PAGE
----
Mid-century foresight preserved Jessamine County's Ebenezer Presbyterian Church

Ebenezer Presbyterian Church - Jessamine Co., Kentucky
According to the Christian Scriptures, "Samuel took a stone and set it up between Mizpah and Jeshanah. He named it Ebenezer, explaining, 'The Lord helped us to this very point.'" 1 Samuel 7:12 (CEB). It was a moment where the people of Israel turned from disobedience and found restoration from God.

The name Ebenezer is found in words of the traditional hymn penned by Robert Robinson, Come Thou Fount of Every Blessing (1758):
Here I raise mine Ebenezer; hither by thy help I'm come; and I hope, by thy good pleasure, safely to arrive at home. Jesus sought me when a stranger, wandering from the fold of God; he, to rescue me from danger, interposed his precious blood.
And Charles Dickens adopted the name for a character in his 1843 novel, A Christmas Story. True to the tale from the Bible, Ebenezer Scrooge turned from his greedy, tight-fisted ways as he begged for the opportunity to re-embrace life.

But a historic church in Jessamine County, Kentucky, also shares the name Ebenezer. Older than Dickens, but more recent than the words of the hymnist is the Ebenezer Associate Reformed Presbyterian Church. True to its name, Ebenezer Church was once abandoned and in great disrepair, but a group of individuals in the mid-1900s brought restoration to this old house of God.

Ebenezer Church & Cemetery
Ephraim January received from a young American government a land bounty of 1,000 acres. From this, he gifted in 1806 a small plat of land for the church and surrounding cemetery. By the time title to the land passed into the hands of the church, the stone church was already constructed. Orginally, the congregation met in a log meeting house since they were organized in the mid-1790s under the teaching of Lexington-based circuit rider Rev. Adam Rankin.

When Rankin formed Ebenezer, he had already begun a number of other Presbyterian congregations in central Kentucky, including Pisgah and Glenn's Creek in Woodford County and Mount Zion (now First Presbyterian) in Fayette County. His earlier affiliations, however, were with the proper Presbyterian Church. And you will note above that Ebenezer was of the "Associate Reformed Presbyterian" variety.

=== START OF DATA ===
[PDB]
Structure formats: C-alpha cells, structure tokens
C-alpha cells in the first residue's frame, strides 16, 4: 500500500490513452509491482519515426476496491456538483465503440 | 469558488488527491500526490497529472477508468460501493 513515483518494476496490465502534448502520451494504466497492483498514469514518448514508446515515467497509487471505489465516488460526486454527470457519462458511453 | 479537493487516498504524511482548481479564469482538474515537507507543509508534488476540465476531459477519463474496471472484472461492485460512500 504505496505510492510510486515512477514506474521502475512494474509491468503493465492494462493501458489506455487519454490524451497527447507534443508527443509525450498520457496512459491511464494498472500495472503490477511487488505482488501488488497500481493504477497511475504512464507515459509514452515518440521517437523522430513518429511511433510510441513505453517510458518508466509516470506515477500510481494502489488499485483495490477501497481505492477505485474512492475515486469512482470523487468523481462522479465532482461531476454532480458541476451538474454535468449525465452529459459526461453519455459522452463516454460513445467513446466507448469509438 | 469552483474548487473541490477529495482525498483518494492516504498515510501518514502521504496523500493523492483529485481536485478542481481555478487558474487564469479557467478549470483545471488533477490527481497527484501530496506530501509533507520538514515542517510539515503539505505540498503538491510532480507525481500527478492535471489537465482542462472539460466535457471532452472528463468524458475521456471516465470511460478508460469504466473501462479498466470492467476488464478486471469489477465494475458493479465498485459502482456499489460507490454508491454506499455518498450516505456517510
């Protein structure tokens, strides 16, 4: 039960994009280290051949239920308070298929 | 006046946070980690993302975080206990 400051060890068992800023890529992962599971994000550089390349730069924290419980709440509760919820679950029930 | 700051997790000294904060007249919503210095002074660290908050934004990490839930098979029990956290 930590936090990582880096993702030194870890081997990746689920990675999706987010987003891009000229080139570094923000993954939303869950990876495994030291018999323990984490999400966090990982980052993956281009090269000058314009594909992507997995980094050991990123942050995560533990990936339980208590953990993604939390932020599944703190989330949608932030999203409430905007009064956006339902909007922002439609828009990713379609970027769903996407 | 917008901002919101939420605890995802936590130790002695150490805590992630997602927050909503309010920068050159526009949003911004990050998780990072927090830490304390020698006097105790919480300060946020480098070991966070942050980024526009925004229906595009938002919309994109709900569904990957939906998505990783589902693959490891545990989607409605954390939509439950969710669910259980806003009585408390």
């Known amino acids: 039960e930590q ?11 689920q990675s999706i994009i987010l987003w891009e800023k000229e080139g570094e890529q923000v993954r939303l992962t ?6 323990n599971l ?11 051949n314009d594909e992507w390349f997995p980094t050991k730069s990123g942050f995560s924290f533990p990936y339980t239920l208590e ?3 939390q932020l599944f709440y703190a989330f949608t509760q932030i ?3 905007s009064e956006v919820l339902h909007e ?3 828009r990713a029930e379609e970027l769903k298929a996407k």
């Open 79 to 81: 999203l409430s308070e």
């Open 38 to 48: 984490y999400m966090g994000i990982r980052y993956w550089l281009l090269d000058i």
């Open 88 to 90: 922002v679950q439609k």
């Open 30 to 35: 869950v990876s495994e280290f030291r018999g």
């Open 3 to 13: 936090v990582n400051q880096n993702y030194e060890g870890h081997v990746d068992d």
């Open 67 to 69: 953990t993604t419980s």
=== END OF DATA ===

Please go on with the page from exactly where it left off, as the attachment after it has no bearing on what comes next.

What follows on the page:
The distinction is noted for Rankin had been removed from his posts within the Presbyterian church's Transylvania Presbytery in 1792. The following year, Rankin began his ministry with the Associated Reformed church and soon thereafter founded Ebenezer. He would serve at Ebenezer until 1803. Rankin  was a disagreeable fellow (in 1789, he rode by horseback from Kentucky to Philadelphia to plead against the use of Isaac Watts' hymns like 'Joy to the World' in services) which undoubtedly led to his rift with the denomination.

Ebenezer Church, ca. 1898 (15 years after abandonment)
Photo: History of Jess. Co., by B.H. Young.
After Rankin departed in 1803, the same year in which the stone church replaced the old log meeting house.  Ebenezer's new minister, Rev. Robert Bishop, served from 1803 to 1814. Bishop also served on the faculty of Transylvania University in Lexington. A feud, of sorts, erupted between Rankin and Bishop over the years which ultimately resulted in Bishop leaving Ebenezer and Rankin being permanently suspended from the ministry in the Associated Reformed church. In 1824, Rev. Bishop would go on to serve as the first president of Miami University in Ohio.

Ebenezer Church, ca. 1910 (27 years after abandonment)
Photo: Published Sept. 2008 in H-L
A long series of itinerant ministers served Ebenezer until 1841 when Rev. Neal Gordon assumed leadership of the church until his death in 1870. Due to its remote location, the stone church then began to decline and was abandoned by 1883. After it was abandoned, the years took their effect on the old off-the-beaten-path church. The photos on the right show how years of abandonment took a great toll on this old church.

Ebenezer Church, ca. 1940 (57 years after abandonment)
Photo: Ebenezer Cemetery Assoc.
In 1922, the Ebenezer Cemetery Association was formed to care for, preserve, and maintain the church and grounds. At that time, the stone building had almost entirely collapsed. Wrote James Harvey Guyn, association president, in 1953: "[t]he walls had completely fallen, except for one corner. These were rebuilt, using the old stone, and a concrete floor was laid. A new roof, new pane glass windows, and wooden slat shutters were added, following the design of the old building as closely as possible." Total cost to rebuild was $3,664.

According to the National Register of Historic Places application (listed in 1983), the Ebenezer Church is the "only surviving stone church in co[unty];  oldest religious structure in co[unty] dating from settlement period."  Today, the property is owned by the Ebenezer Cemetery Association. Once a year, the organization meets for its annual meeting in the historic church.

Additional photos of the Ebenezer Church and Cemetery can be found on flickr.

Sources: Bishop Biography; Ebenezer Cemetery Assoc.NRHP (Ebenezer)NRHP (First Presbyterian);  
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